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Lugar Loss Highlights Sour Relationship Between Voters and Politicians

faultroy Wrote: May 12, 2012 7:11 PM
Rasmussen gets it right. The only part I would quibble with is his comments on the TEA Party. I think the reason people don't associate as strongly with it is because we have a strong majority of House members that are actively and agressively doing just what the TEA party wants. For the purposes of this election, the TEA party has been absorbed by the Repub Party. When Romney disappoints Conservatives the same way that Obama has disappointed Progressives--and He will-- The Tea Party will rebound. The country as a whole has moved strongly to the right--otherwise Obama's re election chances would not be so slim. It's tough to turn a big ship, but the country will continue to move to the right.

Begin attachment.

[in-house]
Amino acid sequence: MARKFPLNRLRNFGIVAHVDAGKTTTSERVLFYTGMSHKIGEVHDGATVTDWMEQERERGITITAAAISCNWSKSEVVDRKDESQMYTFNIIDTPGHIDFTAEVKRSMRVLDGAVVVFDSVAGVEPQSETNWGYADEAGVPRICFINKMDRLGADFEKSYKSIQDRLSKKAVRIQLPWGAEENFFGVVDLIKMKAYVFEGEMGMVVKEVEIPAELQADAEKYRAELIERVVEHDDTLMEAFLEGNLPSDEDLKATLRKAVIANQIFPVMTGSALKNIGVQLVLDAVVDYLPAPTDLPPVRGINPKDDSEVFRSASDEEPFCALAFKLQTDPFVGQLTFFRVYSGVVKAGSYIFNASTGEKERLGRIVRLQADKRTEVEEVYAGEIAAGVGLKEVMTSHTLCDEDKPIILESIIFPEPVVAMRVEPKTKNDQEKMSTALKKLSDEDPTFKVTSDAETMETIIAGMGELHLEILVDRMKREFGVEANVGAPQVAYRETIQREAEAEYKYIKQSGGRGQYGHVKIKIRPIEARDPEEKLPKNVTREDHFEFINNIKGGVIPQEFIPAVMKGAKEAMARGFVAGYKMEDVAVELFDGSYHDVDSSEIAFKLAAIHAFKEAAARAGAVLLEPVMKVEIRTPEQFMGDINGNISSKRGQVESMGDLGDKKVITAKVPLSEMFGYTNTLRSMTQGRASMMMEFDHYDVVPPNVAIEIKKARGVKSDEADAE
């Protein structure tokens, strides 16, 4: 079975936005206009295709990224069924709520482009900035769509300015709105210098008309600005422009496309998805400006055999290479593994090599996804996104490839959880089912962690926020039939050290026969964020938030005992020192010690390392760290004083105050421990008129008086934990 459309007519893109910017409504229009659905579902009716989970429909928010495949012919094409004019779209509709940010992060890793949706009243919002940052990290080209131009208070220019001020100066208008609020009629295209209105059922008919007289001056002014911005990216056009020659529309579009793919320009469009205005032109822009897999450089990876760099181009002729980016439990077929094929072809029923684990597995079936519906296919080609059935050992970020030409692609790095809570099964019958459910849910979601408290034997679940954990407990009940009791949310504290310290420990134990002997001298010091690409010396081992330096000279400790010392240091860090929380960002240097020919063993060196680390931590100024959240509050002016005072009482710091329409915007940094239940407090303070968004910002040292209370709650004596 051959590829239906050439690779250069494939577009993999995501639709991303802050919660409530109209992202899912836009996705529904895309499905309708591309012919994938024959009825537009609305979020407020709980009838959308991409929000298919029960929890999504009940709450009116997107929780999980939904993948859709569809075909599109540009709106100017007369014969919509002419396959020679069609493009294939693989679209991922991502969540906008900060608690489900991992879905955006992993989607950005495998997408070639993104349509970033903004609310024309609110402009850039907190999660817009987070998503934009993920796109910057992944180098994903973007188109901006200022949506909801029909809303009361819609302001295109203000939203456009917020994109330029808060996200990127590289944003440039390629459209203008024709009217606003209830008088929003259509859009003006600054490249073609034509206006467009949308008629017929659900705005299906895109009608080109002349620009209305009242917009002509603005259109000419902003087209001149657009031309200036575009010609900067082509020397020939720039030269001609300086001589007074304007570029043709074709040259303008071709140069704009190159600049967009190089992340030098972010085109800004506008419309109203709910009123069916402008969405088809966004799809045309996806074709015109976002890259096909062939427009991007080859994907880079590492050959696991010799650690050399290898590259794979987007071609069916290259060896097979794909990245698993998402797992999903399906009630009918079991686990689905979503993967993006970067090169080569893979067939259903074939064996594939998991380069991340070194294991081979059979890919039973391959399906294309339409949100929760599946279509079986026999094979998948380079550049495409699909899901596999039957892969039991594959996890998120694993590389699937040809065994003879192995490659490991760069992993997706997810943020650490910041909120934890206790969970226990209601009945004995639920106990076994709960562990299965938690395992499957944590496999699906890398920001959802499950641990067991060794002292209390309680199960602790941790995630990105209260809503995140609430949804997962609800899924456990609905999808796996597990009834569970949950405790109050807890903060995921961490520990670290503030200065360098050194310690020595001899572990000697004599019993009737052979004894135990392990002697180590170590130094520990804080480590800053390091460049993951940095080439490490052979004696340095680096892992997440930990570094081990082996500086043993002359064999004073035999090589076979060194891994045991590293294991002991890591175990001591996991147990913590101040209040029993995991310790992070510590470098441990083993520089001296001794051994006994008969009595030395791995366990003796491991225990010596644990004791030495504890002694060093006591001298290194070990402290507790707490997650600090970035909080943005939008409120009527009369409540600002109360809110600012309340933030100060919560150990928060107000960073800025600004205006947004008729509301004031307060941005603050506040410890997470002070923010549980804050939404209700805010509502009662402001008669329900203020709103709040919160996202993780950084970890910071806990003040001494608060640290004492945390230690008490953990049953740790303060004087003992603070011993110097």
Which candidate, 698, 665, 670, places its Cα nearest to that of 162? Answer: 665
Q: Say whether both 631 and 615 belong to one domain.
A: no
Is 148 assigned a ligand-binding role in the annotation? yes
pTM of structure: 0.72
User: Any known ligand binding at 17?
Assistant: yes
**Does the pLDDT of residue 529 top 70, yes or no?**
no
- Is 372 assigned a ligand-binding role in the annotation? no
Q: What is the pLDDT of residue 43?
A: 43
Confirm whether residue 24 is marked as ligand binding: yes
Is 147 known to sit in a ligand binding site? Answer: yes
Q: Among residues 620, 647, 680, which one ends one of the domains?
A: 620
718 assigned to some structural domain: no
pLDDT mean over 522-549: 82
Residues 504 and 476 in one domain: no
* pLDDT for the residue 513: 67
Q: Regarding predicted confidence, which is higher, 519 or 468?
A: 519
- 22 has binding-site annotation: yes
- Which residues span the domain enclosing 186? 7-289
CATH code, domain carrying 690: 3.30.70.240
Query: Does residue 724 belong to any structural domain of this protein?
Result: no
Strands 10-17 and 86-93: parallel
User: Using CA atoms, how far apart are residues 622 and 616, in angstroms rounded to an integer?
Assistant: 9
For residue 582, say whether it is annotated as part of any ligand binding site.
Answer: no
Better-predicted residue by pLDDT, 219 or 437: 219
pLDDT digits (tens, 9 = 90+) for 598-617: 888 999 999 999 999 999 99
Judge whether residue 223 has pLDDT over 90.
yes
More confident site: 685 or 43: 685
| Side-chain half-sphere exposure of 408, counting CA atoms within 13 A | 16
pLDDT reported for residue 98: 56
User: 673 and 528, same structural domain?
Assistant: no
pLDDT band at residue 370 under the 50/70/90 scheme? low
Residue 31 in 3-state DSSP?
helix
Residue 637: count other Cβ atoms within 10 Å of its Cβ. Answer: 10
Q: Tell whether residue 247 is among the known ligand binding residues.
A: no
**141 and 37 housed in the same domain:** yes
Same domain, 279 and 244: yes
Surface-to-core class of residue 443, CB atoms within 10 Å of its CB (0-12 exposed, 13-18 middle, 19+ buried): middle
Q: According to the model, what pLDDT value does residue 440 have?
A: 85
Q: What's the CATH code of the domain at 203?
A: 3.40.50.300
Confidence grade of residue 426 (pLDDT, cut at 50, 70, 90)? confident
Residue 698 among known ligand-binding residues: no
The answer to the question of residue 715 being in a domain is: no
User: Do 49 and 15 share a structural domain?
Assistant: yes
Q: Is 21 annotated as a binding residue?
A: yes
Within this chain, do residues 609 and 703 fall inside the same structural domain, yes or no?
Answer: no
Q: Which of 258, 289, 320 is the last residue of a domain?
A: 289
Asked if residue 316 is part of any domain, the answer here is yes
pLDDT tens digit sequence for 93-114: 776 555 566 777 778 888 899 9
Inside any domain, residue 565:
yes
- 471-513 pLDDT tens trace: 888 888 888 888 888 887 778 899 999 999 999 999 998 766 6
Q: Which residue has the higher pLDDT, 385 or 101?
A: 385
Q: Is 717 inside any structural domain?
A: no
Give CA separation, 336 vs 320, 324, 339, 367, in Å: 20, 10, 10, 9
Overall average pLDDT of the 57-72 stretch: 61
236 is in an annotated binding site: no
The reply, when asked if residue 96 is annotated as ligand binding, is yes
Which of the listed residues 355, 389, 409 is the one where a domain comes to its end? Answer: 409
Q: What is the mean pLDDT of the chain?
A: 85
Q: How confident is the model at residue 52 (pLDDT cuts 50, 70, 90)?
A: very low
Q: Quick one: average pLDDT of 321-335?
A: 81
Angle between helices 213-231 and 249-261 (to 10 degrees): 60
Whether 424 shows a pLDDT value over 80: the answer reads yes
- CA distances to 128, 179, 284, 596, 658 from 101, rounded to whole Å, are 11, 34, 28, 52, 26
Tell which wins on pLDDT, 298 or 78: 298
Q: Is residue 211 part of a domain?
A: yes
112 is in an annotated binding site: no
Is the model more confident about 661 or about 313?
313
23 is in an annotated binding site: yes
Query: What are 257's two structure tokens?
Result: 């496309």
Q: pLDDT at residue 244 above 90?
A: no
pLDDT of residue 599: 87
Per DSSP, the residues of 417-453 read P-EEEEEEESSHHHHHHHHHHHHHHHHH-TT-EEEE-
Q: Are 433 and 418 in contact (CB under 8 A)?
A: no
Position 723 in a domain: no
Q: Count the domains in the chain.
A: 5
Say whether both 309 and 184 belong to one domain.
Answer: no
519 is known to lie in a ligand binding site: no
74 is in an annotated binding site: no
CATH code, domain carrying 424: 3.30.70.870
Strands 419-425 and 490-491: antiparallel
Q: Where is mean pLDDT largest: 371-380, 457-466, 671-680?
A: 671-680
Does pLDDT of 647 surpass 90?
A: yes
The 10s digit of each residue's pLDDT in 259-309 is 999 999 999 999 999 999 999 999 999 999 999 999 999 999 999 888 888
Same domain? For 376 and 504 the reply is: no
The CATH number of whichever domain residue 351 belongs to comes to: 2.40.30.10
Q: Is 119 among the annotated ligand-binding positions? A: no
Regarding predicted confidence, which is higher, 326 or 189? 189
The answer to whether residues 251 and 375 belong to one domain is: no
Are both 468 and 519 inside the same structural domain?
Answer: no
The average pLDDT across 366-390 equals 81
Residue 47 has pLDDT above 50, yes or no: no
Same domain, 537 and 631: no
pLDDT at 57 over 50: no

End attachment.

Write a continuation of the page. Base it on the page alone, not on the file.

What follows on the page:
When relationships go bad, an early warning sign is that one side doesn't really hear what the other is saying. That's certainly the case today in the relationship between voters and America's political class.

Many in Washington, D.C., took comfort over the past year in polling data showing that fewer voters consider themselves part of the tea party movement. Only 13 percent claim such a tie today, roughly half its peak in 2010. This was reassuring to those in power, suggesting voters were willing to let the politicians return to politics as usual.

But the panic returned to Washington this week,...